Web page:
“There were just some students who seemed to rise above their circumstances and I would think when they turn 18, ‘What’s next for these kids?'” said Carolyn McGoldrick, who was on the board of the Boys & Girls Club at the time.

The McGoldricks initially worked with USM and the clubs privately to find students for whom they could pay tuition, room and board. Carolyn McGoldrick said she grew concerned, though, when two of the students who were awarded scholarships failed to stay enrolled.

“They were really great students,” said McGoldrick, 72, a former second-grade teacher in Gorham. “They were really involved in the Portland club, so we were saying, ‘What are we doing wrong here?’ and we learned through working with the counseling staff at USM that just because these students had the ability, that they had great GPA’s, they didn’t have the social capital to succeed in school. There was no one at home to help them.”

At the same time, the McGoldricks’ generosity attracted the attention of USM President Glenn Cummings and the then-president of the USM Foundation, George Campbell, who asked if they might consider working with the university to expand their support. From there it was a team effort between the university, the foundation, the McGoldricks and friends in the field of education who came up with the groundwork for what the scholarship now looks like, said Carolyn McGoldrick.

Two students, Mohamed “Mo” Awale and Brianna DiDonato-Duran, whom the McGoldricks supported early on, also provided feedback that helped shape the current program. DiDonato-Duran grew up in Portland and was active in the Boys & Girls Club on Cumberland Avenue, where she first met the McGoldricks, though she had no idea they were paying for her college education until after she graduated with her master’s degree in 2013.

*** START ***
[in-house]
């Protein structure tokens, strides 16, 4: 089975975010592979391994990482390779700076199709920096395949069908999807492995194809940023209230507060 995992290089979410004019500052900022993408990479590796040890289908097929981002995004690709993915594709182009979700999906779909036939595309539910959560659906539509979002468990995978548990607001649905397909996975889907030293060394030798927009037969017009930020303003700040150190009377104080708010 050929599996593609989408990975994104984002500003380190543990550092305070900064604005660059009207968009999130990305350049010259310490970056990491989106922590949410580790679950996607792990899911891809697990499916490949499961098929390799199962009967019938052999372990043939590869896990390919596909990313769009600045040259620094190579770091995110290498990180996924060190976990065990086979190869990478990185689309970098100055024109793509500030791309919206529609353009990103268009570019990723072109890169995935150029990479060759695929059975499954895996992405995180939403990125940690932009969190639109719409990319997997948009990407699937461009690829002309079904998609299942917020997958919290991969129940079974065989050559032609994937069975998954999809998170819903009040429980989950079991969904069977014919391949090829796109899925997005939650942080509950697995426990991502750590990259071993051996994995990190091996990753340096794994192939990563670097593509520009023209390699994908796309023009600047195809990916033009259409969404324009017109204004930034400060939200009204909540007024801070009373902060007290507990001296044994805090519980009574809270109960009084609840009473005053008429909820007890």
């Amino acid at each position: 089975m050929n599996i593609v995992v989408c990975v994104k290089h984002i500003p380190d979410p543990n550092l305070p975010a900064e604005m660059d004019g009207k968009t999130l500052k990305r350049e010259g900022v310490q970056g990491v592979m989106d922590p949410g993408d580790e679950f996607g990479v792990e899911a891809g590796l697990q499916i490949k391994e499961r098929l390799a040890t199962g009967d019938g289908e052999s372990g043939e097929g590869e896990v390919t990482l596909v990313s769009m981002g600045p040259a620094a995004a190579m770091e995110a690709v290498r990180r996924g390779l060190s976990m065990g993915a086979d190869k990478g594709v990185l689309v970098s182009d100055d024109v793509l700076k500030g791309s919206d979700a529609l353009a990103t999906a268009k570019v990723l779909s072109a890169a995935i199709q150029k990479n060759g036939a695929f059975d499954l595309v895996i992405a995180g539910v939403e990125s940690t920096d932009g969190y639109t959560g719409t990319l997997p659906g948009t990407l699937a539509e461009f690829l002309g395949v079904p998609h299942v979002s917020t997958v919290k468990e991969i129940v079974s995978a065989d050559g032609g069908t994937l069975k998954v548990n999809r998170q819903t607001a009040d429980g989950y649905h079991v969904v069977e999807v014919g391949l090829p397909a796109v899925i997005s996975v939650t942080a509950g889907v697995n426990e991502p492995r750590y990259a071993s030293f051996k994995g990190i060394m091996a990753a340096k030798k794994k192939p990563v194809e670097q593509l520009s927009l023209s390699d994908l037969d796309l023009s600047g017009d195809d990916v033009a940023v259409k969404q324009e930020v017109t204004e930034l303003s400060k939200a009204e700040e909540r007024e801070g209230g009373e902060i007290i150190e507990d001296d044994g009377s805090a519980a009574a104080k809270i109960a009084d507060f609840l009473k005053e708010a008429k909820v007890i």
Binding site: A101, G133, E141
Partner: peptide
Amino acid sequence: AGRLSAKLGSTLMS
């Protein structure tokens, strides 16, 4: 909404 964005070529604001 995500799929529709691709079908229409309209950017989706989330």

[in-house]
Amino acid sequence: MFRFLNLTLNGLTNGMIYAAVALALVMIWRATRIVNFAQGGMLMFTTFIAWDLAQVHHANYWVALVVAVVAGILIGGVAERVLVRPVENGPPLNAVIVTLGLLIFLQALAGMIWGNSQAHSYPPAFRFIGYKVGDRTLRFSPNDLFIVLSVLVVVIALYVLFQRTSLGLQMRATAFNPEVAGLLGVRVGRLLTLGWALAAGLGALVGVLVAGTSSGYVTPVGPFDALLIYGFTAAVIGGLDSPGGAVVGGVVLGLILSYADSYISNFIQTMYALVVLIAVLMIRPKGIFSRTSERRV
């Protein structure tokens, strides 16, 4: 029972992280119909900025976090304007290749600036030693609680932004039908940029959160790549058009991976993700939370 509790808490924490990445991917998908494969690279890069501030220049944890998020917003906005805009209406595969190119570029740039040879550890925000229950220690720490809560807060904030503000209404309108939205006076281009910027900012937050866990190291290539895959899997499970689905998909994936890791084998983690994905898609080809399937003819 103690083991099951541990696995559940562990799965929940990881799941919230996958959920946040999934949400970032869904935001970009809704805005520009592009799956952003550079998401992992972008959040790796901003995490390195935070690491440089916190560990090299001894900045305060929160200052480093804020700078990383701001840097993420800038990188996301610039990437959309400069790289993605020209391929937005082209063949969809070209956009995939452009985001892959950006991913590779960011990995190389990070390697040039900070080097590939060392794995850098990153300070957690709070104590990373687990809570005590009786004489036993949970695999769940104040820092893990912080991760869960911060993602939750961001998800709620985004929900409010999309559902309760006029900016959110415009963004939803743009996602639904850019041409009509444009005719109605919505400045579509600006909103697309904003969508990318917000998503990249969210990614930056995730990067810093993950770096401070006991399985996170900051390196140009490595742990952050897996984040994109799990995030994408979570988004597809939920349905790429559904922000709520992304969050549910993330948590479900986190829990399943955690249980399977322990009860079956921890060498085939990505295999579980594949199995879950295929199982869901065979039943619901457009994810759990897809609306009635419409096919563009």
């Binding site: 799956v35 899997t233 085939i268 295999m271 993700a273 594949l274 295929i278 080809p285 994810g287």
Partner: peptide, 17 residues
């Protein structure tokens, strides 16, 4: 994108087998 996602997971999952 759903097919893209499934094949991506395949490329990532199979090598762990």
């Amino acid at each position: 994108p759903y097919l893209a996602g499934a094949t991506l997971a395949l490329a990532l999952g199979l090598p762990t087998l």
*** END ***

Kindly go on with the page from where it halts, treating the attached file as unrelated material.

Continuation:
“One of the hardest things I found when going to college is my parents didn’t necessarily understand what I was going through,” said DiDonato-Duran, 30, who was the first in her family to go to college and is now a special education teacher at Glickman Academy in Portland. “My dad was very strict and wanted me to finish school and study, but there was also frustration. Sometimes I would come up with doing homework and being exhausted or if you can’t figure something out, you can’t necessarily ask your parents if they don’t quite understand what you’re studying.”

When the program formally launched in 2017, the goal was to raise $15 million to support 25 students per year with annual $5,000 scholarships. But McGoldrick said they learned the financial need wasn’t one-size-fits-all. Some students had other scholarships and financial aid and needed as little as $500 to make college possible. Others needed their full tuition covered.

Today the average award is $3,700 per year or around $15,000 total over four years – almost 40 percent of the cost of full tuition. Eighty-six percent of recipients are first-generation college students and 66 percent are eligible for Pell grants, which typically don’t have to be repaid. Fifty-five percent of Promise scholars were born outside of the United States and some are asylum seekers who aren’t eligible for federal grants and scholarships.

The program is one of the most accessible local opportunities for asylum-seeking students in Maine to get financial aid, especially if they aren’t citizens or permanent residents, said Tim Cronin, director of Make it Happen!, a college readiness program for multilingual students in Portland Public Schools. “We have a huge influx of refugees coming here,” Cronin said. “Sometimes they’re astounded to find they don’t qualify (for federal aid) and it’s crushing for them, so thank God for the Promise.”